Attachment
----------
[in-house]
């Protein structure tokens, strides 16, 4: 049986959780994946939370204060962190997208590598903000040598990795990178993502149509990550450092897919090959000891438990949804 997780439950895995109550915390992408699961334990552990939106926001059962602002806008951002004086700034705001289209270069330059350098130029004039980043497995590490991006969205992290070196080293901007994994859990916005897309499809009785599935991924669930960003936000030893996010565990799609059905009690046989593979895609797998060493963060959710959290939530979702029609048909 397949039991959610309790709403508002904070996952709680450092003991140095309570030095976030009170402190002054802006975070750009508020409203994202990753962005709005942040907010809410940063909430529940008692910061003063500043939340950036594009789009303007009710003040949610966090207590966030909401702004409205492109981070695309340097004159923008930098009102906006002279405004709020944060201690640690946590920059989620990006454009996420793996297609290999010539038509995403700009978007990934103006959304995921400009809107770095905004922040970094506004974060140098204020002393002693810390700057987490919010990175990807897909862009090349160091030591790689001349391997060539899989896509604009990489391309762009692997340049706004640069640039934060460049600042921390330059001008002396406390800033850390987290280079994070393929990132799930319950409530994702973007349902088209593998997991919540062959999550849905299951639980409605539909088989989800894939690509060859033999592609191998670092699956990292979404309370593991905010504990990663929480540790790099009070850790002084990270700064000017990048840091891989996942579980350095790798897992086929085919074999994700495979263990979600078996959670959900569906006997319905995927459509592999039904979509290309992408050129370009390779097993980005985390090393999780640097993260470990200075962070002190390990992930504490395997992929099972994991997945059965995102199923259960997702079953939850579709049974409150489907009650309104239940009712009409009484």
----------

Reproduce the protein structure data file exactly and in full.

[in-house]
């Protein structure tokens, strides 16, 4: 049986959780994946939370204060962190997208590598903000040598990795990178993502149509990550450092897919090959000891438990949804 997780439950895995109550915390992408699961334990552990939106926001059962602002806008951002004086700034705001289209270069330059350098130029004039980043497995590490991006969205992290070196080293901007994994859990916005897309499809009785599935991924669930960003936000030893996010565990799609059905009690046989593979895609797998060493963060959710959290939530979702029609048909 397949039991959610309790709403508002904070996952709680450092003991140095309570030095976030009170402190002054802006975070750009508020409203994202990753962005709005942040907010809410940063909430529940008692910061003063500043939340950036594009789009303007009710003040949610966090207590966030909401702004409205492109981070695309340097004159923008930098009102906006002279405004709020944060201690640690946590920059989620990006454009996420793996297609290999010539038509995403700009978007990934103006959304995921400009809107770095905004922040970094506004974060140098204020002393002693810390700057987490919010990175990807897909862009090349160091030591790689001349391997060539899989896509604009990489391309762009692997340049706004640069640039934060460049600042921390330059001008002396406390800033850390987290280079994070393929990132799930319950409530994702973007349902088209593998997991919540062959999550849905299951639980409605539909088989989800894939690509060859033999592609191998670092699956990292979404309370593991905010504990990663929480540790790099009070850790002084990270700064000017990048840091891989996942579980350095790798897992086929085919074999994700495979263990979600078996959670959900569906006997319905995927459509592999039904979509290309992408050129370009390779097993980005985390090393999780640097993260470990200075962070002190390990992930504490395997992929099972994991997945059965995102199923259960997702079953939850579709049974409150489907009650309104239940009712009409009484």